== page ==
Amy Humphrey, daughter of James and Betsey, and sister of Truman R. Humphrey., was married to Alva S Larrabee in1847. He had been born in 1816 in New York on Tecumseh’s old grounds. Alva Larrabee was the son of Benjamin who was a member of an old American family founded by the three brothers who had come from France. Alva S. Larrabee and Amy Humphrey Larrabee went to Winnebago County, Wisconsin, then went to Albert Lea Minnesota, in 1861. They came to Brown County in 1864 and settle back of the Cotton Wood River. Their home was on the side of a hill and faced approximately east. A road eventually ran below the house and crossed a nearby bridge (hence the Larrabee Bridge). Beyond the bridge was the Dineen home and a little further south the home of Eric Larrabee. Alva S. Larrabee had a farm of 200 acres according to the Southwest Memorial Record, which states the entire family of Alva and Amy was: a girl who became Mrs Adelbert Lambert, Eric whose farm was across the river, Edward H., born October 9, 1849, who operated the home farm and was never married; Ai A. Larrabee who was manager of the Klossner & Mueller Agriculture Implement  Store in Sleepy Eye and who was married to Nellie Howe whose father was Ayres Howe; Edna was Mrs. Lemuel Richards or Mrs. L. R. Richardson; Bert H., who was a druggist in Sleepy Eye and later on the west coast and whose wife was Mary Frank (sister of Lena & Sophie Frank). The children of Ai Larrabee and Nellie were Easter, Edna, Harold, and Ayres H. Larrabee.

     Eric Larrabee was born June 10, 1848, died January 7, 1928, five days after his wife. He had been born in Winnebago County, Wisconsin, came to Freeborn County at age 13, then to Brown County at the of 16 on Reservation Land. At 21 he went out working for other people. He served many years as a township officer and on district school board. He was active in Republican politics. Eric married to Alice June Hall, born August 9, 1853, in Waukon, Wisconsin, died January 2, 1928. She had brothers Art and William Hall and sisters Mrs. H. Rhodes and Mrs. Jake Dilley. Eric farmed in Brown County 1889 until moving to town in 1914.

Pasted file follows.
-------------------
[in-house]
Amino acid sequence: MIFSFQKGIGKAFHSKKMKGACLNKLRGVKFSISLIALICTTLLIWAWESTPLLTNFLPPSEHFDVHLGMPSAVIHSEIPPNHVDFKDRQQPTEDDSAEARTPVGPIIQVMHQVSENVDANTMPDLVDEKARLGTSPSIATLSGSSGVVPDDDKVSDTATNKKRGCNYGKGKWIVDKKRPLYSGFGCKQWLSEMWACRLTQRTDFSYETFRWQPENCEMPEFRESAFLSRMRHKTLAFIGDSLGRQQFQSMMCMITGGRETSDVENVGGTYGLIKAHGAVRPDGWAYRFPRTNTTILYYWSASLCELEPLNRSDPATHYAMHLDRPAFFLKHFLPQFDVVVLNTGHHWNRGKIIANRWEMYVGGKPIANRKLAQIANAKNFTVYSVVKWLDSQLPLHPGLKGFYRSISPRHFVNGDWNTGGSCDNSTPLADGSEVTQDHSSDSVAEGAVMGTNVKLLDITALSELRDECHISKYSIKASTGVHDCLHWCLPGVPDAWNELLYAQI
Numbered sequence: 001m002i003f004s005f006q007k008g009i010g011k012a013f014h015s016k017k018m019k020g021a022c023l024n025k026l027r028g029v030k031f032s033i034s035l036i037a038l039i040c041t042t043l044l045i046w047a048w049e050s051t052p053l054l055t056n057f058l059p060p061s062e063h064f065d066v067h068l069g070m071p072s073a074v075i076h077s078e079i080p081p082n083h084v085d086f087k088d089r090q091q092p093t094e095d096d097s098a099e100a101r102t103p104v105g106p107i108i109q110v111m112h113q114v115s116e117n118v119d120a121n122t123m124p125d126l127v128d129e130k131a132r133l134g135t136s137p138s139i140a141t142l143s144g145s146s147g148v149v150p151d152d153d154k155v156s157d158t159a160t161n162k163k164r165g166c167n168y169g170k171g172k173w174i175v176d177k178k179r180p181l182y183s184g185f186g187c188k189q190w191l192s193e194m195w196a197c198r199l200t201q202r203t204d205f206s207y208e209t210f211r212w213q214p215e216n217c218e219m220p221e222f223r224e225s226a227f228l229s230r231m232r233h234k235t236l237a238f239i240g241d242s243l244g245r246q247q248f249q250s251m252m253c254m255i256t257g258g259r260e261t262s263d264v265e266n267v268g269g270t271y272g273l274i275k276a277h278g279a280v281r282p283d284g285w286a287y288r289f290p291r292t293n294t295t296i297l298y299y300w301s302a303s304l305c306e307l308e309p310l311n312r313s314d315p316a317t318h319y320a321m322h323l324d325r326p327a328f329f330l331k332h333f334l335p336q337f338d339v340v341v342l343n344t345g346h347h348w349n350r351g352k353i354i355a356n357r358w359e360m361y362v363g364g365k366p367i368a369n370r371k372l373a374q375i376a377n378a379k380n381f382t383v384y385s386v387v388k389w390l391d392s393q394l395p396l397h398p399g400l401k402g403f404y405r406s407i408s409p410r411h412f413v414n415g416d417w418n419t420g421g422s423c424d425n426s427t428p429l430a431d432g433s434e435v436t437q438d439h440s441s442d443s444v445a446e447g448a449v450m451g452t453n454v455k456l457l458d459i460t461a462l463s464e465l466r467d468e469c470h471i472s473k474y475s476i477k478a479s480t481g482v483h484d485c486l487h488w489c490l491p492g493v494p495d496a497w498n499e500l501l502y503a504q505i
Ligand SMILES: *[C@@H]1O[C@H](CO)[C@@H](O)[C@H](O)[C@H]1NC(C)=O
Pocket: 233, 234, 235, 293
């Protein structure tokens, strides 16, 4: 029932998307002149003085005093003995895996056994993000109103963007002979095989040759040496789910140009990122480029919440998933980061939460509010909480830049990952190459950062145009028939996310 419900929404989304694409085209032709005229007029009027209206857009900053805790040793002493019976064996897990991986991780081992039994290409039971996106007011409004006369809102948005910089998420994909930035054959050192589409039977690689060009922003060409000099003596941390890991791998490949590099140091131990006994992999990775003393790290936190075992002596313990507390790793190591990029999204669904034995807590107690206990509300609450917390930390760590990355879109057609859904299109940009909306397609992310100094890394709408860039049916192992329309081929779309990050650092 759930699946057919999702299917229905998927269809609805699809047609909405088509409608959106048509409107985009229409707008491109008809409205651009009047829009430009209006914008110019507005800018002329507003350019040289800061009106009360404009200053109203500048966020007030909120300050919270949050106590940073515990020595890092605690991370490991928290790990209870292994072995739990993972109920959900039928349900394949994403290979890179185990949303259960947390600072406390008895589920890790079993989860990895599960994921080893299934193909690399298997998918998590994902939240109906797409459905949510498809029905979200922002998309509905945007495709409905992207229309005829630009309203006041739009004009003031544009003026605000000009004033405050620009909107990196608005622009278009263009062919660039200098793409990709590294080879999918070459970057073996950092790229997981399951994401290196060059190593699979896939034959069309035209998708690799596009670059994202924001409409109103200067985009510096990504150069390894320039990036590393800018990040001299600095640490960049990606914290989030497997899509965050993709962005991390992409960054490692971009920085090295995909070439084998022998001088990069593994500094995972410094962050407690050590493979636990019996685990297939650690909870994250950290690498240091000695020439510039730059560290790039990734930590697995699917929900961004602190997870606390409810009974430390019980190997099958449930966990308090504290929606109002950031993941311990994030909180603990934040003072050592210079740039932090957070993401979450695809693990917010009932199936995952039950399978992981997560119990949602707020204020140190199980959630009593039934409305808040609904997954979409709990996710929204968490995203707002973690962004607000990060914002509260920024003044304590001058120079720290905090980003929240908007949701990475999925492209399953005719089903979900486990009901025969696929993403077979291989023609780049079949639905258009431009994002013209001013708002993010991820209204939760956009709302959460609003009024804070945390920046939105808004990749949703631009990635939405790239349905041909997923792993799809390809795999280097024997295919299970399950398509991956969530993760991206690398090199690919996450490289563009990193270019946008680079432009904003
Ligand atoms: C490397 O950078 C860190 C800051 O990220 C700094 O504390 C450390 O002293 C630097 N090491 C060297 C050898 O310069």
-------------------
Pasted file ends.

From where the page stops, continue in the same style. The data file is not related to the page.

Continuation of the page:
Eric and Alice Larrabee had Jennie, Amy, Ward, and Ruth. Amy was married to John Sennett and had several children. Jennie was married to Ira Kelly and they had Grace, Olive, Dean, and Neil. Ruth was married to Albert Schewe (there are two by this name, not related). She had several children, including Virgil.  Ward Larrabee was married to Bessie Kelly, sister of Ira, and they had a son Neil. Bessie Kelly Larrabee was born August 5, 1880, was married June 27, 1900, and died 1931. Ward and Bessie farmed until 1915, at one time on his grandparents’ farm, another time near Iberia, then moved into town.

     You can find many of the Larrabee family in the Iberia Oak Ridge Cemetery. Today you can find the Larrabee bridge on County Rd 10, just southeast of Sleepy Eye, crossing the Cottonwood River.

Sandra Lee and The Velvets Perform at Great Grassroots Gathering

Thursday, May 7, 2015

Palmyre Greenhouse

Palmyre Greenhouse

Andrew Louis Glatigny was born in Paris, France, May 9, 1844 to Andrew and Louise Palmyre Glatigny.  Details gleaned from newspapers are confusing.  He was one of a number of French who came to Sleepy Eye.  Andrew came to U.S. 1854 and to Brown County - 1862 after Uprising was quelled.  He farmed and was said to have one near neighbor, French Cap.    

Mrs. George Carroll was a Glatigny.  After Mrs. Glatigny's death Andrew married Emily Beliveau on Nov. 9, 1880.  They had a daughter, Clemence.  Glatigny built a house in 1899 on southwest corner of Linden and Second Avenue West - a total size of six lots.  Added greenhouse in 1900.  Tripled Green House in 1901.  Property extended full block over to dirt road which became Highway Four.  A grove was at the west end.  Matthias Hillesheim farm was to the west side of road.  The Glatigny Family were members of All Souls Episcopal Church.  Clemence married Oscar Werring, a dentist.  They had a daughter,  Palmyre.  Oscar died young of TB, as did several of his friends.  Clemence and her child then went to California and became involved with Christian Science.

Andrew sold Palmyre Greenhouse in1917 to Anton Heymans.  Four lots to the west of the home were sold to make space for more homes.  The barn was moved to an empty lot west and remolded by William Schwartz.

Census 1880 - Michel Glatigny age 69, farmer, wife Palmyre age 68.  They evidently are parents of men above.  Children are listed as Andrew 34, farmer, August 33, farmer.  Also in household: Emily, daughter-in-law to Michal, and Helen granddaughter.  Figures do not all jibe with those above.  Also on farm were Andy Lautz, 21, laborer.

History of Glatigny Family:
Adele Lucille Glatigny - Age 21 - Died of Consumption Jan 15 - 1906
Palmyre Glatigny - Age 9 - Died of a brain tumor - April 13 - 1905

L. August  Glatigny -Age 72 - Died of heart trouble - Oct 21 - 1916